The N-terminal sequence of tyrosine hydroxylase is a conformationally versatile motif that binds 14-3-3 proteins and membranes
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Tyrosine hydroxylase (TH) catalyzes the rate-limiting step in the synthesis of catecholamine neurotransmitters, and a reduction in TH activity is associated with several neurological diseases. Human TH is regulated, among other mechanisms, by Ser19-phosphorylation-dependent interaction with 14-3-3 proteins. The N-terminal sequence (residues 1–43), which corresponds to an extension to the TH regulatory domain, also interacts with negatively charged membranes. By using X-ray crystallography together with molecular dynamics simulations and structural bioinformatics analysis, we have probed the conformations of the Ser19-phosphorylated N-terminal peptide [THp-(1-43)] bound to 14-3-3γ, free in solution and bound to a phospholipid bilayer, and of the unphosphorylated peptide TH-(1-43) both free and bilayer bound. As seen in the crystal structure of THp-(1-43) complexed with 14-3-3γ, the region surrounding pSer19 adopts an extended conformation in the bound state, whereas THp-(1-43) adopts a bent conformation when free in solution, with higher content of secondary structure and higher number of internal hydrogen bonds. TH-(1-43) in solution presents the highest mobility and least defined structure of all forms studied, and it shows an energetically more favorable interaction with membranes relative to THp-(1-43). Cationic residues, notably Arg15 and Arg16, which are the recognition sites of the kinases phosphorylating at Ser19, are also contributing to the interaction with the membrane. Our results reveal the structural flexibility of this region of TH, in accordance with the functional versatility and conformational adaptation to different partners. Furthermore, this structural information has potential relevance for the development of therapeutics for neurodegenerative disorders, through modulation of TH–partner interactions.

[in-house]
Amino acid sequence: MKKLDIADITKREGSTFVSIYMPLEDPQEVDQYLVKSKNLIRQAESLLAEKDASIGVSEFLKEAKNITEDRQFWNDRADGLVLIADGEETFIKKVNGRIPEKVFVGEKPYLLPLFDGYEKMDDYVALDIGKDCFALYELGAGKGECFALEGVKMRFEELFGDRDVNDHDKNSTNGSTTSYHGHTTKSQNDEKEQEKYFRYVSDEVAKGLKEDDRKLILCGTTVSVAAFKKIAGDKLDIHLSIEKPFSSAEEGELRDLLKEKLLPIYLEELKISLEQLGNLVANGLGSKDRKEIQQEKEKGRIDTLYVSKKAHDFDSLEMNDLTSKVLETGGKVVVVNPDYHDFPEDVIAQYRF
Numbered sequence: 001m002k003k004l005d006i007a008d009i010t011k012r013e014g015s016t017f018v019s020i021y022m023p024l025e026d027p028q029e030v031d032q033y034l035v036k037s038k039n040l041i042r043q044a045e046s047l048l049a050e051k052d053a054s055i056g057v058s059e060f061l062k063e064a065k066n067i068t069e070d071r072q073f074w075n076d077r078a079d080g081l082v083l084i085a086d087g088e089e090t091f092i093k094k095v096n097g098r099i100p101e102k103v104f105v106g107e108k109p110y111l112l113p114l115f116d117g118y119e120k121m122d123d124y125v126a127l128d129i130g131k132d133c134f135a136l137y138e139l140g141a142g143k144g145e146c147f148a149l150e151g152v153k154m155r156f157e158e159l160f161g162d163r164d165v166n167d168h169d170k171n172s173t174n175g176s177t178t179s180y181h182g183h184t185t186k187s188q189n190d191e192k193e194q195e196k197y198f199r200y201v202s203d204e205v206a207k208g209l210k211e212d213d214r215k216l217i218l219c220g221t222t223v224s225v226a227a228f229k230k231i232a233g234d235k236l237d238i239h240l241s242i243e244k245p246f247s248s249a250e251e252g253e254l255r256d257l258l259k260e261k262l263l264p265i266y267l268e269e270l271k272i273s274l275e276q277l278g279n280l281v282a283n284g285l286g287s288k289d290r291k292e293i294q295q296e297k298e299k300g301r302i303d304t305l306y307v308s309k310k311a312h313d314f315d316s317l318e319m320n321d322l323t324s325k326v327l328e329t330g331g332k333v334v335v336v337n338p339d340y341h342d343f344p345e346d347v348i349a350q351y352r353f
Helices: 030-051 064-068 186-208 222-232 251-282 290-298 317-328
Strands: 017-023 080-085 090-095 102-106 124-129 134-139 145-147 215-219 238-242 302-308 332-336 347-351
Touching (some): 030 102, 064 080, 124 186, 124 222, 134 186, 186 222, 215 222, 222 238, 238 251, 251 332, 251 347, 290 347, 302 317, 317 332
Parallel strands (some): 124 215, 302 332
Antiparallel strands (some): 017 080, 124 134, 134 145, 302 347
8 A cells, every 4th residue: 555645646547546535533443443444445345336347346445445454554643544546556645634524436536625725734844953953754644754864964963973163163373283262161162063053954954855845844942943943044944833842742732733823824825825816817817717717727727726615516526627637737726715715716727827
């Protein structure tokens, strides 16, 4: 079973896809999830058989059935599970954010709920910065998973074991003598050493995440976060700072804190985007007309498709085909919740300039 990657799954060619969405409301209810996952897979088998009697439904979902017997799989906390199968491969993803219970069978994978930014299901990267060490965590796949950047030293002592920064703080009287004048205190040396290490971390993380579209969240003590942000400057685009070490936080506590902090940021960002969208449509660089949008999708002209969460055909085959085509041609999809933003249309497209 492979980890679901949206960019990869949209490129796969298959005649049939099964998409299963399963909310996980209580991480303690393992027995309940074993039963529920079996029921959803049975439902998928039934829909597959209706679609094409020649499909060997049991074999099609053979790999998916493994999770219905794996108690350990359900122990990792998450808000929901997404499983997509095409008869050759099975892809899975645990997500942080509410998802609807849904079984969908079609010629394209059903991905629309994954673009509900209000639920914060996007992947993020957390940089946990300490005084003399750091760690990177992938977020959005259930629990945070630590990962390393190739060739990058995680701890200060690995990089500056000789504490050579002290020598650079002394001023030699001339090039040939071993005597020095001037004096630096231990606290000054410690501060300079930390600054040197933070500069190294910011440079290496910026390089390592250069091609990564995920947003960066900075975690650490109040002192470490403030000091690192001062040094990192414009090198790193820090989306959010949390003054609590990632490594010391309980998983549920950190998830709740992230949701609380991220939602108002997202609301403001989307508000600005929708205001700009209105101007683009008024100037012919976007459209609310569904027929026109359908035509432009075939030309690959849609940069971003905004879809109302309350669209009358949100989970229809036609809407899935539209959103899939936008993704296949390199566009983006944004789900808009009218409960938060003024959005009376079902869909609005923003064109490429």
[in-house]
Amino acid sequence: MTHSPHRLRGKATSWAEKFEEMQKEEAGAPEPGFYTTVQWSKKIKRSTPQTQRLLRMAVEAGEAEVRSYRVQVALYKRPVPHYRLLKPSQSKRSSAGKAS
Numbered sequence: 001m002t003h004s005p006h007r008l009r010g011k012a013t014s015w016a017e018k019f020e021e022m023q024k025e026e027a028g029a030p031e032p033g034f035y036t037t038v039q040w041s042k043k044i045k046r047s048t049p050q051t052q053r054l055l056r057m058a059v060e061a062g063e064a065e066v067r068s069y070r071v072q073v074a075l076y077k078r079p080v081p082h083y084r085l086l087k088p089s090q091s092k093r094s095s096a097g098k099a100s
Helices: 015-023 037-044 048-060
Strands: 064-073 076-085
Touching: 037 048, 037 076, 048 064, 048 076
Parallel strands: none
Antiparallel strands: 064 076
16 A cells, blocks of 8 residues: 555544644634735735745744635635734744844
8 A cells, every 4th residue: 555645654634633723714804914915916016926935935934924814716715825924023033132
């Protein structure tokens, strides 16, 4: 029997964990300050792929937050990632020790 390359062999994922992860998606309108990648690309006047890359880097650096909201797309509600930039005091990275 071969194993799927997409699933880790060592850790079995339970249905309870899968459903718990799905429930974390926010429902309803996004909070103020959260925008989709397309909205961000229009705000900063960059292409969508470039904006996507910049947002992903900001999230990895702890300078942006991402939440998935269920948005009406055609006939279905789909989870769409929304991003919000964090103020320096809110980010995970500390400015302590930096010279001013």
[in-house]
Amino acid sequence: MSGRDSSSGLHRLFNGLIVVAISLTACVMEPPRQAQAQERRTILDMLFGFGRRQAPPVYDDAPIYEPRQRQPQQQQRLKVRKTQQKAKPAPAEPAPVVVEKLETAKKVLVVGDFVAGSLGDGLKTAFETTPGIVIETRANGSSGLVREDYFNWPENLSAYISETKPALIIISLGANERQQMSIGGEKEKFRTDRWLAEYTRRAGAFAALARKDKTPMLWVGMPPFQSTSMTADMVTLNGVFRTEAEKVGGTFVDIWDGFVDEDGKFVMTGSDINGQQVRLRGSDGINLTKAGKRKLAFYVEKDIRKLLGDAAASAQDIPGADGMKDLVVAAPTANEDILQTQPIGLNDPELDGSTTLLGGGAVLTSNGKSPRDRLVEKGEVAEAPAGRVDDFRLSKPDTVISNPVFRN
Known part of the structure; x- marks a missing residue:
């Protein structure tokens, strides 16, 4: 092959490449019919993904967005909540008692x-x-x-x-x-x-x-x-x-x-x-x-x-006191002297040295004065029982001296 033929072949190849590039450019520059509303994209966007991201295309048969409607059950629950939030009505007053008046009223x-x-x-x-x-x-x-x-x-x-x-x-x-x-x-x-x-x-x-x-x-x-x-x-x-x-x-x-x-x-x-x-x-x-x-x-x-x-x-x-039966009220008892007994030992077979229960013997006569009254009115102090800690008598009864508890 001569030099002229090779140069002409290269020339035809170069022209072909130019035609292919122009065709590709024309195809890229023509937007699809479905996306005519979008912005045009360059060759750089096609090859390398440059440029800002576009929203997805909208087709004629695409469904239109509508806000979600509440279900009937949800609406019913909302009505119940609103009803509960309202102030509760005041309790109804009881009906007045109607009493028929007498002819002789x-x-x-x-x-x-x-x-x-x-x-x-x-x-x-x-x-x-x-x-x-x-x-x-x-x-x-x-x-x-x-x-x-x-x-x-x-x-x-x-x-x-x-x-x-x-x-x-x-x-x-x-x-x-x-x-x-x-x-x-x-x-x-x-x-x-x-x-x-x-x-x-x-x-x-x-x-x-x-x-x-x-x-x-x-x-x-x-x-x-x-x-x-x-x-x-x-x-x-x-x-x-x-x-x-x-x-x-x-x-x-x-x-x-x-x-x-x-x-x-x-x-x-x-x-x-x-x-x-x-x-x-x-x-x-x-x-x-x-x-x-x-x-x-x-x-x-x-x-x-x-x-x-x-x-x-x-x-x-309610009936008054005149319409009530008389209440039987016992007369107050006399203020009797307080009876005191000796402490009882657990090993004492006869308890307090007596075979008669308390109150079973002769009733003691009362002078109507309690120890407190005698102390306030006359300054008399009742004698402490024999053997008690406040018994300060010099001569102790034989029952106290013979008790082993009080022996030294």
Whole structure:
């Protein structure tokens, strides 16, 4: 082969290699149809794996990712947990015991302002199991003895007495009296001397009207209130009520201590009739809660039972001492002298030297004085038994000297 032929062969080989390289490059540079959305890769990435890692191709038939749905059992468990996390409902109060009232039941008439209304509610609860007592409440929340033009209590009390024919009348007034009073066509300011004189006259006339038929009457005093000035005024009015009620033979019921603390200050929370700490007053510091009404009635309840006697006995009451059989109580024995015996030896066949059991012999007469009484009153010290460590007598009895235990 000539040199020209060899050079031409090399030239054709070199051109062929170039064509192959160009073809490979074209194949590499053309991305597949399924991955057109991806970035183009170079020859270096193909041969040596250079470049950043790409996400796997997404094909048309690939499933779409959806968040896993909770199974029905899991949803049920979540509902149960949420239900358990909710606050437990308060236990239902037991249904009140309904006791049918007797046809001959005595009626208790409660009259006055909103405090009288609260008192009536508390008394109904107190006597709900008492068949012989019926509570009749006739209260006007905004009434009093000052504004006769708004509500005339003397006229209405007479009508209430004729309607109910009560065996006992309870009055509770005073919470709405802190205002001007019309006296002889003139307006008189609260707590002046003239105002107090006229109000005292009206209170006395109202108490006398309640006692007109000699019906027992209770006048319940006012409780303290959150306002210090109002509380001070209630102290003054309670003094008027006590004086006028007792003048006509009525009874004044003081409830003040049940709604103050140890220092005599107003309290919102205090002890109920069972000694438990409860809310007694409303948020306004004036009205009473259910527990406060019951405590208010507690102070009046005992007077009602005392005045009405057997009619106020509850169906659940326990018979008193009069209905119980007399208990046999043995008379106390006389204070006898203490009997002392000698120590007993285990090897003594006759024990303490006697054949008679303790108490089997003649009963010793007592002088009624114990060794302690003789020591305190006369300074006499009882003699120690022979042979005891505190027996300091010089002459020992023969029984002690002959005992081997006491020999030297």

CitationJournal of Molecular Biology
Copyright 2013 The Authors. Published by Elsevier Ltd. Open Access with the CC-BY-NC-ND license.